Bitcoin Maximalism is Rubbish

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Ever since the the launch of the first altcoin (alternative coin, as in alternative to Bitcoin), prior to the invention of the label “Bitcoin Maximalist,” there have been people opposed to the idea of multiple blockchains. At first they claimed that there can only be one blockchain. Their argument usually was that the invention of the Bitcoin protocol was analogous to the invention of the TCP/IP protocol which is the backbone of the internet. Therefore, just as TCP/IP was the first and only protocol to be used in what later became the internet, despite there being superior protocols invented afterwards, bitcoin will be the only protocol that will be used because, like TCP/IP, it had first mover advantage.

The first mover advantage would help the Bitcoin protocol achieve such a large network effect that it would make other blockchain projects redundant. If someone had to use a blockchain, that someone would use Bitcoin because it was the most widely used blockchain and blockchains are only meaningful if other people use them. It does not matter that competing blockchains may offer superior technological innovations because those innovations could be incorporated into the Bitcoin protocol thus rendering the competing project redundant.

The problem with this argument is that it’s based on an incorrect analogy. The Bitcoin protocol does not provide a service analogous to the TCP/IP protocol. The TCP/IP protocol is generic and trivial to use. Meaning that it can be used to transfer any type of information and no single transfer of information is significant to the network, thus not having any value. The cost of changing to a new protocol is higher than the cost of developing better hardware and software to work with the current protocol. On the other hand the Bitcoin protocol is very specific and its use nontrivial. One can only transfer bitcoins through the network and each transfer is significant enough that it requires other users to validate that network event (the bitcoin transaction). Thus every event is costly to the network and it may be cheaper to use a different protocol. In addition the fact that Bitcoin’s protocol is specific opens Bitcoin to competing projects with different protocols that satisfy users’ needs that Bitcoin cannot satisfy.

Although, there have been efforts to make the Bitcoin protocol more generic, such as the Mastercoin project and the Counterparty project, the Bitcoin protocol has been proven to be highly inefficient in performing the types of transactions a more generic project could offer. On the other hand were a more generic protocol be created to serve primarily to transfer tokens, as Bitcoin does, it would pale in comparison to Bitcoin. The network would be clogged with the amount of information having to be processed with every transaction, not to mention the rapid growth its blockchain would experience in terms of memory, i.e. Ethereum. For this reason it is not sensible for Bitcoin to adopt features offered in other blockchains, as Bitcoin’s performance limitations are not an accident but intentional by design.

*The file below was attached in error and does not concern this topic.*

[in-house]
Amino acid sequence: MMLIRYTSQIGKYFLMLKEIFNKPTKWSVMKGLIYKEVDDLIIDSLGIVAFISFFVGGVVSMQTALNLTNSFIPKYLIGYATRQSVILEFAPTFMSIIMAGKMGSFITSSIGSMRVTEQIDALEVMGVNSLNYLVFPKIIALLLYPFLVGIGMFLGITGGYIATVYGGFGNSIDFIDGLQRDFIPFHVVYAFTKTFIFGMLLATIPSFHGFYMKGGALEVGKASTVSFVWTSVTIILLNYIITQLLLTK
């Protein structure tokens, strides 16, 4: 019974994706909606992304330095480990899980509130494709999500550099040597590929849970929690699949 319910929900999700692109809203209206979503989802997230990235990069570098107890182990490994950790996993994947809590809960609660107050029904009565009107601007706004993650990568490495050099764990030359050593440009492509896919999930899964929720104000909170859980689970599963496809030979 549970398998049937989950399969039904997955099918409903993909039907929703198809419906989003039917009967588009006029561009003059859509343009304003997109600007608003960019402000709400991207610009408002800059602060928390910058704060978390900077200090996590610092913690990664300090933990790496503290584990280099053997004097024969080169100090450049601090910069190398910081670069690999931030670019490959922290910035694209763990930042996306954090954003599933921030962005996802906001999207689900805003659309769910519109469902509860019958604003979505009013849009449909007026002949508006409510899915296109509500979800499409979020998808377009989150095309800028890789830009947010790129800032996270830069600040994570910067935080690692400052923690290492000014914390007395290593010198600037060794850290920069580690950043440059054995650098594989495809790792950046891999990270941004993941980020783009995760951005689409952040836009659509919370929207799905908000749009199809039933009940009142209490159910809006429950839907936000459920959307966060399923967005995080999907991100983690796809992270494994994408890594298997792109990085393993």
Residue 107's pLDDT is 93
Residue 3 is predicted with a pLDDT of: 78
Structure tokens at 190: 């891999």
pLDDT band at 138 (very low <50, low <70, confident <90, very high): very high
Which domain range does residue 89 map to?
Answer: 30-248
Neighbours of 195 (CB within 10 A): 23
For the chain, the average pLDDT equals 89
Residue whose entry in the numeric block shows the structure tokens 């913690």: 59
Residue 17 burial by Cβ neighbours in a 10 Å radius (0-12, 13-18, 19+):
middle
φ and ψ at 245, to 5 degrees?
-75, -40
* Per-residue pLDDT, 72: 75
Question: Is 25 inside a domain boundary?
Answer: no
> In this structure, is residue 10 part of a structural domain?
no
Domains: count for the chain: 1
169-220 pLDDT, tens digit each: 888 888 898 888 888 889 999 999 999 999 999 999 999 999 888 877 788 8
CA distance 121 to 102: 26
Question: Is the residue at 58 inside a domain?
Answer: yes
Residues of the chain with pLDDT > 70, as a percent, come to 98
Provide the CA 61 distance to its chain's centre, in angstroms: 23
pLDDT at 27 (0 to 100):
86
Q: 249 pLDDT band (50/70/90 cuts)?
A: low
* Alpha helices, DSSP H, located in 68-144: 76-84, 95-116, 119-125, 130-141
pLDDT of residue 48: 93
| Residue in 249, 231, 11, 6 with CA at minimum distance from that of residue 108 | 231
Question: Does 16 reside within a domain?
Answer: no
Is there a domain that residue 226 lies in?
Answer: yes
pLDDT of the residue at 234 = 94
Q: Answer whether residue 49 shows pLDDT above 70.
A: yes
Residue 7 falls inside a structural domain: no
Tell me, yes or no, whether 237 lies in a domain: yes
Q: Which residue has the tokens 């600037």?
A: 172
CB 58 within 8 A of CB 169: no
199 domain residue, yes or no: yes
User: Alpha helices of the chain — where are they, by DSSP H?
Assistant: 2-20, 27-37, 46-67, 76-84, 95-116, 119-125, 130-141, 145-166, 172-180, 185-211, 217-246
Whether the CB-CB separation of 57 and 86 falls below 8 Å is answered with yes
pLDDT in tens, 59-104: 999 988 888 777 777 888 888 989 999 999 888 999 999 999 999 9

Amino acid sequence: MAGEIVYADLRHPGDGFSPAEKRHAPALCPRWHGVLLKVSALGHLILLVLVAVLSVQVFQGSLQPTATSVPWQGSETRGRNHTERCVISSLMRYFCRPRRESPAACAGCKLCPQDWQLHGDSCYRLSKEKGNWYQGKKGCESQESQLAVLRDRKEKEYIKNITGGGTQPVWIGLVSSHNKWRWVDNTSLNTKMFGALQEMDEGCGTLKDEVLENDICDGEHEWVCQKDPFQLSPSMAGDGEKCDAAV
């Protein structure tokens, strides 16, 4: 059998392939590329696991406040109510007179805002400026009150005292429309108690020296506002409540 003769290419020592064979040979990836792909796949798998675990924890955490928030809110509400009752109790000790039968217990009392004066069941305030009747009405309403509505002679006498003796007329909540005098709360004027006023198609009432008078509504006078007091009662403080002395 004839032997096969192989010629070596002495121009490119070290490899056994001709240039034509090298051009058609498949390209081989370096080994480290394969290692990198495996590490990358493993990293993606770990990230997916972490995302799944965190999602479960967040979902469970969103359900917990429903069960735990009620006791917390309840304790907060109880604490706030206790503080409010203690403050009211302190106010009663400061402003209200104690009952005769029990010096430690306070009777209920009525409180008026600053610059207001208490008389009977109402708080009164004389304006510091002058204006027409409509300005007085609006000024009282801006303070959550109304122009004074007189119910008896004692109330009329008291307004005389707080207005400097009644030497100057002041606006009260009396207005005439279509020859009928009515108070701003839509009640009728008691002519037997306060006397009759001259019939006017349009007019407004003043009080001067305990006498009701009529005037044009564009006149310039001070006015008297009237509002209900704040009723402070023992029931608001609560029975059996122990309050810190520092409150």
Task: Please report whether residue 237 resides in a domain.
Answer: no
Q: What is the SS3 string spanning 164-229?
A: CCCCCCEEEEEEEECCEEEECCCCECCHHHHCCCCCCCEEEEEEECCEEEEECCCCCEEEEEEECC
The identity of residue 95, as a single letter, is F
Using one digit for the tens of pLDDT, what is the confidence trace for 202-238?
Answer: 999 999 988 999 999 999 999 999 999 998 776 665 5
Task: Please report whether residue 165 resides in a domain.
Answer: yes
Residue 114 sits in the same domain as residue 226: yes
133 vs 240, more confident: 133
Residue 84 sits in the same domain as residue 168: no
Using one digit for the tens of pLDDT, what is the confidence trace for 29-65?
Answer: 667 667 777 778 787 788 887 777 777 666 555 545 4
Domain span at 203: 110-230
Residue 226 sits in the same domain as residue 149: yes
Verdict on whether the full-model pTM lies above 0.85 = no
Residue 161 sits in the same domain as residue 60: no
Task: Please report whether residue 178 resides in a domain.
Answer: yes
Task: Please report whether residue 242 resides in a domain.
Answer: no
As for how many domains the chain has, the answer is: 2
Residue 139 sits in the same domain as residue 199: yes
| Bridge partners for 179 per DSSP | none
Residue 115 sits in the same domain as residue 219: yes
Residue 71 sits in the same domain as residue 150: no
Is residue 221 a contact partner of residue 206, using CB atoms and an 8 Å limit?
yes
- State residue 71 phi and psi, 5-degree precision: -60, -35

When encountered with these facts some of the proponents of Bitcoin Maximalism argue that some of the features offered by other blockchains should not even be used by any blockchains at all. Their argument is that if a feature cannot be adopted by the Bitcoin protocol, it does not make sense at all in the realm of blockchain technology. Therefore, it cannot be considered an improvement on blockchain technology. The problem with this argument is that it assumes knowledge of the full impact of blockchain technology on society. It assumes full knowledge of the future, something no one is capable of. Prior to the creation of Google, searching the internet was considered a solved problem. In the 1990s no one had envisioned the rise of online social networks or the sharing economy. Microsoft was expected to rule the world. Therefore, while someone can make educated guesses on what is or what isn’t an improvement on blockchain technology, no one really knows what it is. Only the market will tell which features of new blockchains are improvements because they fulfill a need among the people that use them. This is evident in Ethereum’s rise as the default funding platform for new blockchain projects, overtaking Bitcoin’s place through the Counterparty and Mastercoin platforms back 2014.

Although no one can really tell what the future will be like, given the large potential impact blockchain technology can have on society, one thing is certain, Bitcoin will not be the only widely used blockchain in existence. In addition it is most likely that Bitcoin will not be the most widely used protocol given the limitations of its design. At this point in time Bitcoin is ancient technology with even Litecoin (a long time competitor) being significantly ahead of Bitcoin technologically, having already implemented Segregated Witness, something that may or may not happen for Bitcoin. A most likely future scenario is one of multiple blockchains specializing on different services with some competing against each other in the same service space and some dominating their service space. Bitcoin, however will no doubt remain as one of the most well known blockchains in existence for being the first of its kind, and therefore may still be widely used.